Work a breeze after survival in the wild

By Steve Hart

Teamwork is the key in an Outward Bound course. Photo / Thinkstock
Teamwork is the key in an Outward Bound course. Photo / Thinkstock

Surviving for three days and nights on little more than two carrots and a cookie was all part of the "fun" for 21-year-old Desmond Peseta during an Outward Bound course.

That was just one of the adventures the Fletcher Construction worker from Manukau had to complete after winning a specialist trades scholarship from the Building and Construction Industry Training Organisation (BCITO).

The three-week Outward Bound course took place in September, and saw the cement and concrete worker team up with 13 other tradespeople thrown together to help them develop life skills, self-reliance and confidence.

"Being on an Outward Bound course is something that helps teach people how to deal with everyday life, and to know there is more out there - there is more than just going to work, coming home and having a daily routine," said Peseta.

"The course helped me understand that I can grab every opportunity available to me and accept any challenge. It has taught me to get the most out of life.

Sitting around just doing the same thing everyday is not really life, is it?"

Although the course involved mental and physical challenges, Peseta said the biggest obstacle he had to overcome was himself.

"One of the things I needed to face on the course was myself," he said. "I am normally a shy person and if I didn't feel I could work with someone I'd try to avoid them.

"This course taught me that you have to overcome initial feelings for the good of the team and to get the job done. The course helped me understand how to work with people that I don't know.

"In life you have to adapt and learn how to work alongside everyone. I have learnt that a team is a team. On the course I had to adapt really fast because if you don't get involved, well, life is going to carry on and leave you behind."

During three days out in the wild, Peseta had to survive by creating a shelter out of a 2m x 1m scrap of tarpaulin and with a strict ration of two carrots, an apple, a cookie and four litres of water.

"We weren't allowed to catch or kill anything to eat because we were on a national reserve," said Peseta. "I thought it might be like an SAS course, but it wasn't.

"We had to build our own shelter before nightfall and do what we could to keep the possums away. We had to make something out of nothing."

Peseta didn't know anything about the course until his foreman pulled him to one side and said he had been offered a scholarship place on the $4000 adventure.

"[The company] had put my name forward without me knowing, so it was a great surprise when they told me," he said.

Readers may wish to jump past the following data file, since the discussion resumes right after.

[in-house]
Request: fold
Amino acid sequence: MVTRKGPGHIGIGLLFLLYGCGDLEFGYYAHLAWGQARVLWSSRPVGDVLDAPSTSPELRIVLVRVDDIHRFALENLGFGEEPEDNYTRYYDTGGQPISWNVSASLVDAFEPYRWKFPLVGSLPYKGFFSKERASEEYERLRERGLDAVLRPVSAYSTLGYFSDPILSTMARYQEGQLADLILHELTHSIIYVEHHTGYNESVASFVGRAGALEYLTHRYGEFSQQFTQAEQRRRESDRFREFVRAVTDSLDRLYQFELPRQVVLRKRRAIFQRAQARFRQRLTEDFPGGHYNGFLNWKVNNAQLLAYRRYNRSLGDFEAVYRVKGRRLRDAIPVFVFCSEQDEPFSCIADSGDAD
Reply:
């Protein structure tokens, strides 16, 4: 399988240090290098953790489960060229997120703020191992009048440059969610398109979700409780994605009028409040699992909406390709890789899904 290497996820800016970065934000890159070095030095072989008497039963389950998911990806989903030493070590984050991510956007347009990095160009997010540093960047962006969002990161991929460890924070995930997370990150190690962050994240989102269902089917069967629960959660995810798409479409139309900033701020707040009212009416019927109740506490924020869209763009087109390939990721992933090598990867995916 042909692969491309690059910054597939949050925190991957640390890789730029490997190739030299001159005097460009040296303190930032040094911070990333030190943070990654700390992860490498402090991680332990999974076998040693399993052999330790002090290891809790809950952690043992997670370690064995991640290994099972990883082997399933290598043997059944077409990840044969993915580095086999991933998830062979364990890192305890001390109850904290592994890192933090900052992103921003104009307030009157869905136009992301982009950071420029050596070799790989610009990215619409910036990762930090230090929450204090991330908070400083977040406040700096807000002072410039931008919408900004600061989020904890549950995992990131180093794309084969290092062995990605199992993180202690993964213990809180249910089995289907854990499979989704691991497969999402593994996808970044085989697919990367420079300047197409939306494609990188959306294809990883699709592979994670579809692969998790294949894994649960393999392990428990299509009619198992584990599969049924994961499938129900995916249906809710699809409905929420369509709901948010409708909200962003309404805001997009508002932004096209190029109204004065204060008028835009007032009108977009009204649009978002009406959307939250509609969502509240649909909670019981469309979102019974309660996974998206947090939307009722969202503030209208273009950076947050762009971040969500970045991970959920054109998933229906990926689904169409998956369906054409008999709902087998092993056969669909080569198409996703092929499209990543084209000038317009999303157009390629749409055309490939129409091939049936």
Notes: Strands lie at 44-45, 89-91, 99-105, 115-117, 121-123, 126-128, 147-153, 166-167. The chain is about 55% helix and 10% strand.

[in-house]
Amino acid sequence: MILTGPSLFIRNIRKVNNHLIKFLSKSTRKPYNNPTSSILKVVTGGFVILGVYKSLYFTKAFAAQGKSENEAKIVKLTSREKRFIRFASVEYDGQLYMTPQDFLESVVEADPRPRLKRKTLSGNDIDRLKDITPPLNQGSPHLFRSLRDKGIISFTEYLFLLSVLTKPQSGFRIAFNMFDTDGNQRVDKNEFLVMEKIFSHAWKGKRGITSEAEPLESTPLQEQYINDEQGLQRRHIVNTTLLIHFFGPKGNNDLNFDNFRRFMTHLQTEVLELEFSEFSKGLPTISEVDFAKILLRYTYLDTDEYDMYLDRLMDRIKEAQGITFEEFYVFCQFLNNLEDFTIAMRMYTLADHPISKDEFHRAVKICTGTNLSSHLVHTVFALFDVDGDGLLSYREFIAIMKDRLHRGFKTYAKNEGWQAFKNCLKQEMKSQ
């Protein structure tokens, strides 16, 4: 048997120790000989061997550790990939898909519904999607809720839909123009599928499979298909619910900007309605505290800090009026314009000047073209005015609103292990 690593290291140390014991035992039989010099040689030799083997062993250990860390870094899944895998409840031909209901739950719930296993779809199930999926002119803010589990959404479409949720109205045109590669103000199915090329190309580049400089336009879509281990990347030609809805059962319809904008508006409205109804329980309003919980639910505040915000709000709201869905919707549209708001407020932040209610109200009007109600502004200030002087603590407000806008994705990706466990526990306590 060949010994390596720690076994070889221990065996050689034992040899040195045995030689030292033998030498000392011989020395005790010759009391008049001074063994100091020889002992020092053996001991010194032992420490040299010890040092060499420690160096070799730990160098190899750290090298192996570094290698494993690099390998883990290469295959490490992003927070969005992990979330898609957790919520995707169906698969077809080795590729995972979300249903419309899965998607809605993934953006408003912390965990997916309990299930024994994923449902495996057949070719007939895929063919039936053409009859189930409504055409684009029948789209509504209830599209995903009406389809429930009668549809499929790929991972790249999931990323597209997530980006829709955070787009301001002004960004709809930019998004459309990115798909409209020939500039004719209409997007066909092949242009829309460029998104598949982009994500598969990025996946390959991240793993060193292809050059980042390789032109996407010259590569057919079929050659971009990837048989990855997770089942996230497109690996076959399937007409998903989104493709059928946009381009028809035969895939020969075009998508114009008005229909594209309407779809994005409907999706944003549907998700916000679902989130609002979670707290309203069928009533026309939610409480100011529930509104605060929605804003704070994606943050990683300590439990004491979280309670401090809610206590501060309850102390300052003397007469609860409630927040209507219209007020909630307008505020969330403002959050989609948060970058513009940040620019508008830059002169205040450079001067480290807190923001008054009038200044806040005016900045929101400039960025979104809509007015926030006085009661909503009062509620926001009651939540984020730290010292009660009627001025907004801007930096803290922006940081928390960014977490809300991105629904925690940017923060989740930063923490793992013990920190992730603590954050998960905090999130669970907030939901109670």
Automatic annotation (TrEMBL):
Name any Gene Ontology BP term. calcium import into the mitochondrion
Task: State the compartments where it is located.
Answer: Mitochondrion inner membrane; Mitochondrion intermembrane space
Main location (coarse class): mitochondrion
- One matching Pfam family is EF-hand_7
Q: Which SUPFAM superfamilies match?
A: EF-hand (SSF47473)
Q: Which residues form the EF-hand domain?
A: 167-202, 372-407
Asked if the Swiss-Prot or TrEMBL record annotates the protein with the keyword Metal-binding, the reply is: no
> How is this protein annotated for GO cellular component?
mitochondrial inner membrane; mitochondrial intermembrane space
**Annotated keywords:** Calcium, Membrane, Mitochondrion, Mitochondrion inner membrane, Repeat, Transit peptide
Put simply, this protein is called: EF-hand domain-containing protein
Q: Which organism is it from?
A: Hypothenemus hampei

"The course has been useful at work because in the construction industry you have lots of short jobs, which may only last two months.

"There are different teams on each job. The Outward Bound course has helped me to get to know new work colleagues quickly and to understand their strengths and weaknesses."

One of the reasons Fletcher Construction put Peseta forward for the adventure was because he had worked hard to reduce his weight. Over two years, he had trimmed down from 180kg to 130kg.

"It was my attitude in getting my weight down that helped my bosses decide to put me forward for this course," said Peseta.

"They saw my dedication, and I even got my foreman running up and down Mt Eden with me to keep fit every afternoon."

Peseta said he would recommend Outward Bound to any young person.

"It would help them get along in life a lot easier and know how to get a lot more out of life," he said.

"I think it would be very beneficial to New Zealand's economic state as well. Taking part in the course would get young people up on their feet and doing things."

A member of Peseta's team was 25-year-old Ben Horn. The Mitre 10 trainee applied for the scholarship after receiving a recommendation from a friend.

"The most valuable thing about the programme is building self-esteem and knowing you can always push a little bit harder and expand your limits," he said.

BCITO chief executive Ruma Karaitiana said: "The BCITO Outward Bound Scholarship is both a reward and an acknowledgement of an employee's potential, and is aimed at helping further their skills in the workplace and in their own lives.

"To win a scholarship, the entrants had to have shown potential within the industry to step up and lead - as well as being physically fit enough to participate in the gruelling course."

- NZ Herald

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